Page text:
Students may encounter people from around the world in online discussions. I was following a discussion on India’s political dilemma on LinkedIn. The discussion introduced new elements of political strife on an international format. It became a live discussion on India here in America. Right in Bridgeport, Chicago I observed India, its politics and its people’s reactions. It was not a stagnant article read in the newspaper or timed observation. Professionals and non-professionals joined this discussion. A farm manager from Denver supplemented the discussion with information on creating better farm land to help feed a population of a billion people. A teacher in England added methods for expanding learning in rural areas. Even if you had the time and money you couldn’t get this much information from a world tour. Geographical expertise and experience opens up knowledge for our students.
Online Field Observation Assignment
As I have discussed my reasons for including online filed observations I need to exemplify my structure. Depending on the educational level of your class the structure can be modified. Students should decide upon an online discussion format via LinkedIn, Facebook, Pinterest, Twitter or an active comment log from a reputable news source. Students are required to provide quantitative data and a reflection on the observation.
Number of posts
Time of posts
How long was the post active? days, weeks, months
Did the posts taper off for a time-how long?
Gender of posts
Ethnicity of posts
Profession of posts
Geographic location of posts
Socioeconomic data of posts
Please note that this information will be inside the posts or sometimes profession is in the signature. It may not all be true either. People will present themselves as millionaires, doctors and other whimsical ideas of themselves. But I would still like the information.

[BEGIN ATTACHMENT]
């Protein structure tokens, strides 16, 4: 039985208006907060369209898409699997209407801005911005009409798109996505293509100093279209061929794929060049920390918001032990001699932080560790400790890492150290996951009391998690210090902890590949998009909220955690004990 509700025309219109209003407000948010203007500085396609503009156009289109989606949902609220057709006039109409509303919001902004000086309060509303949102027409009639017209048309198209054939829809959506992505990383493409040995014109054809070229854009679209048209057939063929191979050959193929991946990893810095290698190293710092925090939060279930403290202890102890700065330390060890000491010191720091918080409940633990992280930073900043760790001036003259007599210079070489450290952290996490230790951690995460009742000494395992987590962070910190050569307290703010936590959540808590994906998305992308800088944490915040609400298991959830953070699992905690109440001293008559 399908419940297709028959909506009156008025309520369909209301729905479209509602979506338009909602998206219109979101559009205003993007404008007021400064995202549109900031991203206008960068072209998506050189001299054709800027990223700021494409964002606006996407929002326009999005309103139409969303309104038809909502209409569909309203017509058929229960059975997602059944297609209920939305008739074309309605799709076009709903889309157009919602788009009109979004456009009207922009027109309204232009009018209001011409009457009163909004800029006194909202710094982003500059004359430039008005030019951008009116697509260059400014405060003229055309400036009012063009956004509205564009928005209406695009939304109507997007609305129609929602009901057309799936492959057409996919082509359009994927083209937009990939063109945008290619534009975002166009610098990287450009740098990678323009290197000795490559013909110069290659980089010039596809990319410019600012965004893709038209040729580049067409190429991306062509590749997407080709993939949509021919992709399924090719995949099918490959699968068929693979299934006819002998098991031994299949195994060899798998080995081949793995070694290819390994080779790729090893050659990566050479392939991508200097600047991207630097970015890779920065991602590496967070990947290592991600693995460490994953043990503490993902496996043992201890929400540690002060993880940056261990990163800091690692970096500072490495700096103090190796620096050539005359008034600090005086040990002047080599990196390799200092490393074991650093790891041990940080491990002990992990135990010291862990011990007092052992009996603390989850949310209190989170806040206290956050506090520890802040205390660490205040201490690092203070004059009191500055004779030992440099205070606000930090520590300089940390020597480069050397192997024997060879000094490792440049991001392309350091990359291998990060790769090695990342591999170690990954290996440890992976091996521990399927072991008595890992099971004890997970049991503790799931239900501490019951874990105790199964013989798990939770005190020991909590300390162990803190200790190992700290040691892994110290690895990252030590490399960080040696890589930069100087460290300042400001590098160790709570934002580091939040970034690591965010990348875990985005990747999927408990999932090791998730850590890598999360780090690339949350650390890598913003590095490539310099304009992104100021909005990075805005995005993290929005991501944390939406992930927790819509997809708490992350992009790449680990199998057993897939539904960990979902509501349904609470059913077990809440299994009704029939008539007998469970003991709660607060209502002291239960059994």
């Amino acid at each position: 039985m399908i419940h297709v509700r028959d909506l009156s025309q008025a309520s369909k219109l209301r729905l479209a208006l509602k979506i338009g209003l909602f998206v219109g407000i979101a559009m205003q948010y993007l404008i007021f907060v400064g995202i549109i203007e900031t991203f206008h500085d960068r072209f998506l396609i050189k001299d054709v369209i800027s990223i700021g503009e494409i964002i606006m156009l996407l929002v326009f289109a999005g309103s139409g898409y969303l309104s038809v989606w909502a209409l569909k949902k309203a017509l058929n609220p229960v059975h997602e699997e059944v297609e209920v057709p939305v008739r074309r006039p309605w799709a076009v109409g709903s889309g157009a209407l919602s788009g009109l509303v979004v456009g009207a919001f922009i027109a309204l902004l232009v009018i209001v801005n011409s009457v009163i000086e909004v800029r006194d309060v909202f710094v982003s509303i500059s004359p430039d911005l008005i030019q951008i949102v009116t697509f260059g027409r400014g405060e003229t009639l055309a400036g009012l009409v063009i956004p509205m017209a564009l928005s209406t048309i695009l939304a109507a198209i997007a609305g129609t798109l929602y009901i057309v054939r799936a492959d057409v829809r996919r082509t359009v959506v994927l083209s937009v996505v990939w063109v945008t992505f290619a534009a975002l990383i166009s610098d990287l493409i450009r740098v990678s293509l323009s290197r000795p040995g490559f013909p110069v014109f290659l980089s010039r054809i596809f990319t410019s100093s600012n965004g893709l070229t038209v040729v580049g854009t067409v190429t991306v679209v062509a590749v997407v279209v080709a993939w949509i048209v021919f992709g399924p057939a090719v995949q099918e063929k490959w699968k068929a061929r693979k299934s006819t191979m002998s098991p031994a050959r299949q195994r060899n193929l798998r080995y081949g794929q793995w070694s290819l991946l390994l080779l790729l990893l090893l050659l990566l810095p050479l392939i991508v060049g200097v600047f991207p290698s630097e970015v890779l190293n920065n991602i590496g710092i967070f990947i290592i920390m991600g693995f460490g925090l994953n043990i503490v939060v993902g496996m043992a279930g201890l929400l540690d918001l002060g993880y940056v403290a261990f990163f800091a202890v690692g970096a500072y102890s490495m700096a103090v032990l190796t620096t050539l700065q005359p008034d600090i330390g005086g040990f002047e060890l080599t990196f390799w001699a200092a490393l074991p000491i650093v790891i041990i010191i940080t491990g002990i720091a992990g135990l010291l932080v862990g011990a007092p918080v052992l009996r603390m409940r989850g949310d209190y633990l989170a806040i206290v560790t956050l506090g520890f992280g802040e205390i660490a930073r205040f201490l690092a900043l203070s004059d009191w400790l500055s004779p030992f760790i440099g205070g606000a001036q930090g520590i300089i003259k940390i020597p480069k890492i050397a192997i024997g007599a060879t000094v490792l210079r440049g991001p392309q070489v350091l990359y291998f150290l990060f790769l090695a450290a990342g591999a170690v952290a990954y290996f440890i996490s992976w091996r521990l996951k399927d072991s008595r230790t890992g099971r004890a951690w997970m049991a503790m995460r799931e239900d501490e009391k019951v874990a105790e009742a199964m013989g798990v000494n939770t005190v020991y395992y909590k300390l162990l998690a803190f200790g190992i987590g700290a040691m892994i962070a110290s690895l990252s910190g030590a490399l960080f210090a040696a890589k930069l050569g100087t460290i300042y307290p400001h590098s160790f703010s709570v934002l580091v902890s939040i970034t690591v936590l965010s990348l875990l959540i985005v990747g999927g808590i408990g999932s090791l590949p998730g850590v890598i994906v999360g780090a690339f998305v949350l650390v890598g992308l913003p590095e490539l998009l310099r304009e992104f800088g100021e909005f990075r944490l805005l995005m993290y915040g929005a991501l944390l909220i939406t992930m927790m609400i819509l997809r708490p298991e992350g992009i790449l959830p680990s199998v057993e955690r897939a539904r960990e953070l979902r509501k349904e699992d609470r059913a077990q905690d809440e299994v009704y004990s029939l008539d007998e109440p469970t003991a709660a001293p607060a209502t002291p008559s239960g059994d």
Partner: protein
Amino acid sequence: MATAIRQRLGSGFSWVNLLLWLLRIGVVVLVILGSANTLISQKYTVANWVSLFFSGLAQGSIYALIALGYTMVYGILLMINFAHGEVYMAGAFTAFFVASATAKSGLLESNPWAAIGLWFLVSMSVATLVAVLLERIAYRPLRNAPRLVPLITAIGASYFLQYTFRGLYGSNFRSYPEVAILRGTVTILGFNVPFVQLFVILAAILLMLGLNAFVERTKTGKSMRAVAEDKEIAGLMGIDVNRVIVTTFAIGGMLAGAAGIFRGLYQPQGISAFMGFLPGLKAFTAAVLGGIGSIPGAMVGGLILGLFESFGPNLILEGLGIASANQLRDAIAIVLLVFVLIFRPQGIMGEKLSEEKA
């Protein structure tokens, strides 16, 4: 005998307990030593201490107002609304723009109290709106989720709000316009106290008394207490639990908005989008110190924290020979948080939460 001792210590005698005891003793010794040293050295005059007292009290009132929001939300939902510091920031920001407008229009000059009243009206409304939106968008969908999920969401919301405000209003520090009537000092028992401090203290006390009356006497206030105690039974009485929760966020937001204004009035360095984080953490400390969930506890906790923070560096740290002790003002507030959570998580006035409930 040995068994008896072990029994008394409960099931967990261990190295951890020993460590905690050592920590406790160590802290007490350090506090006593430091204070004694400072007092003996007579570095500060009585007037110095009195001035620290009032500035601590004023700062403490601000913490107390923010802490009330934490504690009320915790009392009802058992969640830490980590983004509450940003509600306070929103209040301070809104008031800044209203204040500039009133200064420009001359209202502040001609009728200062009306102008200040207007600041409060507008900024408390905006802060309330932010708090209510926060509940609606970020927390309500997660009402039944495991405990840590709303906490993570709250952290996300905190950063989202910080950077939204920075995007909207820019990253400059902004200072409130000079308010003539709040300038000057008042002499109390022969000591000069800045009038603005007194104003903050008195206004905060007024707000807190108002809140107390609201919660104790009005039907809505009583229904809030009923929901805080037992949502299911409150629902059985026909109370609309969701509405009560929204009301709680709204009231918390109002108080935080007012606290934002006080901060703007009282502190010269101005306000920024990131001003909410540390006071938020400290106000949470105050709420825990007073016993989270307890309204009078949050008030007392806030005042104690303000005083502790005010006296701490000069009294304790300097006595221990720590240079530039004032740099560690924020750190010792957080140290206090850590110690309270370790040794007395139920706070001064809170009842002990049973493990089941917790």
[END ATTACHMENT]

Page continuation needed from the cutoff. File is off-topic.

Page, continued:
Why did you pick this discussion or comment log, news source?
What social issue was presented?
How is it related to class?
Were any sociological theories presented?
What was the majority opinion of the posts regarding the issue?
Did you feel that educated opinion was presented? Was it relevant?
Did the demographic data and differences amongst the discussants/posters have an adverse affect on the issue? Or did it enlighten the issue?
Name a few elements that you learned from this discussion.
Means to an End
As students delve into online forums their means to an end is created and should flourish. Students have the ability to learn from these sources. Bridging technology and sociology is a key stepping stone for our students. We, as professional teachers, need to adhere to our principles of teaching yet design assignments that are mature and current. Both student and teacher can be greatly satisfied with this assignment and more knowledgeable on world opinion and affairs. Good luck!
Please feel free to send any and all comments or suggestions to me at: firstname.lastname@example.org. Find me on LinkedIn, Pinterest and Twitter for more discussions on teaching and learning.